A Time to Drill

Last year the feds went toe-to-toe with environmentalists over allowing natural-gas drilling on Padre Island, but neither side has scored a knockout. Here's what to expect in the next few rounds.

So who threw the first punch in this fight?

The Bush administration. A year ago, citing the growing demand for natural gas and the need for the U.S. to become less dependent on foreign energy supplies, the Department of the Interior approved a permit allowing BNP Petroleum, of Corpus Christi, to drill an exploratory natural-gas well inside the Padre Island National Seashore ( PINS). In November, after BNP struck a reserve fifteen miles from park headquarters, the Interior Department agreed to let it drill two additional wells.

Since when is drilling legal on Padre Island?

Since forever. In fact, oil and gas exploration is legal throughout the national park system (nearly seven hundred oil and gas wells exist in thirteen other parks). In the case of PINS, when the federal government began acquiring its 160,000 acres in 1962, it limited the purchase to surface lands, leaving oil and gas rights in the hands of the state and private owners. Any company can apply for a drilling permit, but approval must also be granted by the National Park Service, which is overseen by the Interior Department. Nineteen wells have been drilled on Padre since 1979, but only two in the nineties, and both were dry holes.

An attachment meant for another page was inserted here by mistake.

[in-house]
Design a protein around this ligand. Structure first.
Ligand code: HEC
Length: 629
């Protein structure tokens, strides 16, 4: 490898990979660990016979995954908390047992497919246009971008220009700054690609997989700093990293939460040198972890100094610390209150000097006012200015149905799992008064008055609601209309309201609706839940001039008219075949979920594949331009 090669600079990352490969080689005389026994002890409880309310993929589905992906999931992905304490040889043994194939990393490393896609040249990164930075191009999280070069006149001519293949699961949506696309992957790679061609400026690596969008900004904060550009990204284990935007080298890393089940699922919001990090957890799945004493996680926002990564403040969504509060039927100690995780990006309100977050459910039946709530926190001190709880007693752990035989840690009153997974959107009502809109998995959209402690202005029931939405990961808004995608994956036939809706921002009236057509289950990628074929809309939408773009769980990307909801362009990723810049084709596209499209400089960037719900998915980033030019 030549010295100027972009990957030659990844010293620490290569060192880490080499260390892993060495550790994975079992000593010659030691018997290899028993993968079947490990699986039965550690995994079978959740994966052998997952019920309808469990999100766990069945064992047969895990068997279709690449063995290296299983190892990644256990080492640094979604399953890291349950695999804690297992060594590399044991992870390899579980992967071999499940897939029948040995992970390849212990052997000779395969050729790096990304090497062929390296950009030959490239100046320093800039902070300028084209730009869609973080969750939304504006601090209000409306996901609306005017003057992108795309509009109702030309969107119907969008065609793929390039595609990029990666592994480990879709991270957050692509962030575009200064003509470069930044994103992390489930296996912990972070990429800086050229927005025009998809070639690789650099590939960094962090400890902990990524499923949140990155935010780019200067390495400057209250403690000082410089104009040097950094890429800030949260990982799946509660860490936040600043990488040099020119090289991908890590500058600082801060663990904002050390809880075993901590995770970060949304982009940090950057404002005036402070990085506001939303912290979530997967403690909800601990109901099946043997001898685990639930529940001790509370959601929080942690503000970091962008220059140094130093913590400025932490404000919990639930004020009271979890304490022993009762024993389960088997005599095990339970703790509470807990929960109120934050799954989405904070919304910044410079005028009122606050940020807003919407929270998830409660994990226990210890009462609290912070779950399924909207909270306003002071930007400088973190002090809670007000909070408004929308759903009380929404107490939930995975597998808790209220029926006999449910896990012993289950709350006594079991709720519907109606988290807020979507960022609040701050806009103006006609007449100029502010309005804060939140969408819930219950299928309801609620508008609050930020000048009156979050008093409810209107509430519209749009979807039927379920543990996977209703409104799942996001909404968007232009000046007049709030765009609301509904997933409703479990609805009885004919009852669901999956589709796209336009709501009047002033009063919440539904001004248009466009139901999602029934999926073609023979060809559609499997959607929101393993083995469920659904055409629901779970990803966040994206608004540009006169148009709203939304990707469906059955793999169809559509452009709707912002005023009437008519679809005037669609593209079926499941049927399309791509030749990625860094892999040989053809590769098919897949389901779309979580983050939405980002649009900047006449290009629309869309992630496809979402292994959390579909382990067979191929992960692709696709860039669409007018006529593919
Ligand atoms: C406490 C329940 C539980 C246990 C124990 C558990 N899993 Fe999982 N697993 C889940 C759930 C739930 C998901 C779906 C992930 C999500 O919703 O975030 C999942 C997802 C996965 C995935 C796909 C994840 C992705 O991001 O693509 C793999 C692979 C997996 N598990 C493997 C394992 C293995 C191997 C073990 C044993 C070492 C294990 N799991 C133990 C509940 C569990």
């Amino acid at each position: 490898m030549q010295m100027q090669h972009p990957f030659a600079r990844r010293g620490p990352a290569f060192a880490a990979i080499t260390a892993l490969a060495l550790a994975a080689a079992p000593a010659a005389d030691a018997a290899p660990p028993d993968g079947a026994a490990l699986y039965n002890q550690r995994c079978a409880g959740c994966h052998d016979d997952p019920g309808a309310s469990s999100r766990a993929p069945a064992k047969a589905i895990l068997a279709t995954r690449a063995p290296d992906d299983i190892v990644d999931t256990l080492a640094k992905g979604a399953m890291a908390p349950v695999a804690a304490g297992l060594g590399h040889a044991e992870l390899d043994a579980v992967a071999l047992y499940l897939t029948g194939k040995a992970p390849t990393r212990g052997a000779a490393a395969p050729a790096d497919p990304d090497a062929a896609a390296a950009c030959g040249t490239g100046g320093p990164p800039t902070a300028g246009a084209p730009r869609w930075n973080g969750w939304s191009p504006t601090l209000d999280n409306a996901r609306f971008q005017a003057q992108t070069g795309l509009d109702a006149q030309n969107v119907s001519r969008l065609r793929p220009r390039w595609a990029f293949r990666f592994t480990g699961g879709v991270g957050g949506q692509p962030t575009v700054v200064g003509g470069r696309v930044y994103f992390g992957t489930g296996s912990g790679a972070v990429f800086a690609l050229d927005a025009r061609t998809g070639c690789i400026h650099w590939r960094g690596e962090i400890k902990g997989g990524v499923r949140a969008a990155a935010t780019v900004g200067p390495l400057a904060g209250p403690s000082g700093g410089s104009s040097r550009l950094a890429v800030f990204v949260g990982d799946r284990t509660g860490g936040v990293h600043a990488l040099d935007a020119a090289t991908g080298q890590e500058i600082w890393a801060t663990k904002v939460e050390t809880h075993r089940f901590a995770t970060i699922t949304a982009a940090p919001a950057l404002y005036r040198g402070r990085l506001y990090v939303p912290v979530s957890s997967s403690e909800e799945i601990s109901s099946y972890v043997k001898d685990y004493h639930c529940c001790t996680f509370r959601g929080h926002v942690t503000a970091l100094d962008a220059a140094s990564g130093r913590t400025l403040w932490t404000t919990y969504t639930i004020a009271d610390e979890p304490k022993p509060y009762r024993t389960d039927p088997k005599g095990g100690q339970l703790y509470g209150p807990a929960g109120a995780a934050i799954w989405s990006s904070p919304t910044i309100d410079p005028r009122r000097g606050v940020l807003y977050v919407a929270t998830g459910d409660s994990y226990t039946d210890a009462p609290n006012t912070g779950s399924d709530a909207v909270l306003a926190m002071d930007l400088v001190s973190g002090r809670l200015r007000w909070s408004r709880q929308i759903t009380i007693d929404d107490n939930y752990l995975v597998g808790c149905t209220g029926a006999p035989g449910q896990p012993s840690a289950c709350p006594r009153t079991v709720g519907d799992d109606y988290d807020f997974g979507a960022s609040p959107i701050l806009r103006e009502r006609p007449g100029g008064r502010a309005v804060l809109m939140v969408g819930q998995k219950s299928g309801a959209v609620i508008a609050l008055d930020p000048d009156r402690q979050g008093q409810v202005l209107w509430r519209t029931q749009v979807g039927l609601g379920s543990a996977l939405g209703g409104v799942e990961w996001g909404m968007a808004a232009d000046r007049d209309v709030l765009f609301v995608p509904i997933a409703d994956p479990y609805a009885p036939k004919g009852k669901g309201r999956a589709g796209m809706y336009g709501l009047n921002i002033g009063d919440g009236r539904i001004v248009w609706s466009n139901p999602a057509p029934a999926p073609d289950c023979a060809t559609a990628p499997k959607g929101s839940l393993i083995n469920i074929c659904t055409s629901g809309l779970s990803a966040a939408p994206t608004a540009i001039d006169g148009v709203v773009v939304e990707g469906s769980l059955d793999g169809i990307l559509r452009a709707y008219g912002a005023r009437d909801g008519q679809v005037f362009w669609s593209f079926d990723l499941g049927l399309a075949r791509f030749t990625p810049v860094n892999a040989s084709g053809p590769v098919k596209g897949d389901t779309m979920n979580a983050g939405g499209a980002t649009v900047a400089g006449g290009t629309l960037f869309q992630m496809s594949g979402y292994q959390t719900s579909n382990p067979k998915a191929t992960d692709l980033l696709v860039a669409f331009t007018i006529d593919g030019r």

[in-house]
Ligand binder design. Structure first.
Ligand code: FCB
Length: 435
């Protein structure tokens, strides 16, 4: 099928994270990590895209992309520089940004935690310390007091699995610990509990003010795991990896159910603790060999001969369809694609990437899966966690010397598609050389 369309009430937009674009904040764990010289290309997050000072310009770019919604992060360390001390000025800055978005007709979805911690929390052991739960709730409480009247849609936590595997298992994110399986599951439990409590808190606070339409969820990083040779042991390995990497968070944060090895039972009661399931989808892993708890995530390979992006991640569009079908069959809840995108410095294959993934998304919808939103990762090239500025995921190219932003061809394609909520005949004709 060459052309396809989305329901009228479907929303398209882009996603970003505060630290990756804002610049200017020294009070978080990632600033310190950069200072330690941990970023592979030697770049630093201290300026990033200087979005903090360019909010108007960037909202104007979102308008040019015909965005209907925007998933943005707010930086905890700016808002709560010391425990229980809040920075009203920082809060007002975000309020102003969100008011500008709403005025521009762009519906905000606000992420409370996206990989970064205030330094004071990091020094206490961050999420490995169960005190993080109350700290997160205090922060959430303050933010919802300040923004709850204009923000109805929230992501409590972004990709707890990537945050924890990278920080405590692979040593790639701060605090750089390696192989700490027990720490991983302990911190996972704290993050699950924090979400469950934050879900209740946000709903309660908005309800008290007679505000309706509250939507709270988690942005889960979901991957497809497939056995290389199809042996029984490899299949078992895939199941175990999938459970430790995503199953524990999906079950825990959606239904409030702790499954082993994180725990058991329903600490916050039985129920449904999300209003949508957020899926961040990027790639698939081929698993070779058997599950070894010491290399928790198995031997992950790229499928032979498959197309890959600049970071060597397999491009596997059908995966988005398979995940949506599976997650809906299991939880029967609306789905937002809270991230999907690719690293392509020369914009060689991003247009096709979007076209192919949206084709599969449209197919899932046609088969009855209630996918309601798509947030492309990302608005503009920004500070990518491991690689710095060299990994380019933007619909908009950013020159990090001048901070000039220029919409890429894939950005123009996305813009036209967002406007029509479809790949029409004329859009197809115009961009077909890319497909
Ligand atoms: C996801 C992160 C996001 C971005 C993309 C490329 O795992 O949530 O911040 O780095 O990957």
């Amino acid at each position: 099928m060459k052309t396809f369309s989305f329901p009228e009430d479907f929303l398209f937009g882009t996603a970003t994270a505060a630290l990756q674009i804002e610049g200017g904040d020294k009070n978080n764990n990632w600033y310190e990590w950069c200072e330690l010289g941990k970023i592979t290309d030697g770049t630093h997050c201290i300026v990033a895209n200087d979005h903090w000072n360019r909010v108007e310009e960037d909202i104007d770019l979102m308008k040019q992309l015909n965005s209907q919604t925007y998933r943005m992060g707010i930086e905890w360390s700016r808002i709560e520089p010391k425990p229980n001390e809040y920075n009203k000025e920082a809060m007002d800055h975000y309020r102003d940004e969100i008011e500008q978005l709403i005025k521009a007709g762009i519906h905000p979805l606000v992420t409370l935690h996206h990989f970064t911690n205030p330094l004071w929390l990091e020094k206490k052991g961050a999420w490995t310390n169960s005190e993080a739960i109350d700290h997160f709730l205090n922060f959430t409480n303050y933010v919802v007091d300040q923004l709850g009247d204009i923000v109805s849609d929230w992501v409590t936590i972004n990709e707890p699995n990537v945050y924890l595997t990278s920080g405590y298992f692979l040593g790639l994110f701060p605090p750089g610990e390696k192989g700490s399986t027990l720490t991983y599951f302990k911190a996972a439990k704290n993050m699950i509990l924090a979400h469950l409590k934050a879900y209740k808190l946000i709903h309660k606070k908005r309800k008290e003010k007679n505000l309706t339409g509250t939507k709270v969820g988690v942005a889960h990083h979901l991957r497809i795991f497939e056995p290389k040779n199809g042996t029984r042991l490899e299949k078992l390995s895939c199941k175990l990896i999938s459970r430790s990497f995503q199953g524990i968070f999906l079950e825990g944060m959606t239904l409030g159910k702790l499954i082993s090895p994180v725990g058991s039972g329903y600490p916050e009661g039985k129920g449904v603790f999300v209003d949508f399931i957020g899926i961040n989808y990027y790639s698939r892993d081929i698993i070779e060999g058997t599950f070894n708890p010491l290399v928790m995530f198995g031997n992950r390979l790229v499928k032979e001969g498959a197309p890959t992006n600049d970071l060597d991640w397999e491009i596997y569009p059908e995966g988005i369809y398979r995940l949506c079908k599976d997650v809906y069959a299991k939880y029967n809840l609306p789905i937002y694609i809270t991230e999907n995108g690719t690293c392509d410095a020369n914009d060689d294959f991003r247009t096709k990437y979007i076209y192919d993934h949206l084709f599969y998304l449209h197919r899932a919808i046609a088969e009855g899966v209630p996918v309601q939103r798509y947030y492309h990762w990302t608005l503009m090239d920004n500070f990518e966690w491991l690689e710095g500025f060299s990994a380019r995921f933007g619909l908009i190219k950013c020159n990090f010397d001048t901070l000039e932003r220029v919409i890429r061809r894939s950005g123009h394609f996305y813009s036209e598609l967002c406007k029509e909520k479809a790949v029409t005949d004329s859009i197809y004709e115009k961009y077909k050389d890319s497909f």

Okay. But if drilling has always been legal, how can environmentalists fight this?

By playing every green group’s favorite trump card: suing under the Endangered Species Act. Few roads exist inside PINS, and to access its drilling sites, BNP must send eighteen-wheelers down the beach, which, from April through July, is prime nesting habitat for endangered Kemp’s ridley turtles. Roughly five thousand female turtles exist, and critics of drilling argue that the giant oil company trucks will crush both turtles and their nests. Using this argument, the Sierra Club filed suit against the Interior Department in April.

How is BNP addressing the Sierra Club’s concerns?

BNP spokespeople argue that their trucks are no more harmful to the turtles than the thousands of four-wheel-drive enthusiasts who roam the beach already each summer. Besides, they say the existing regulations governing their beach access, which include requiring drilling trucks to maintain a 15-mile-per-hour

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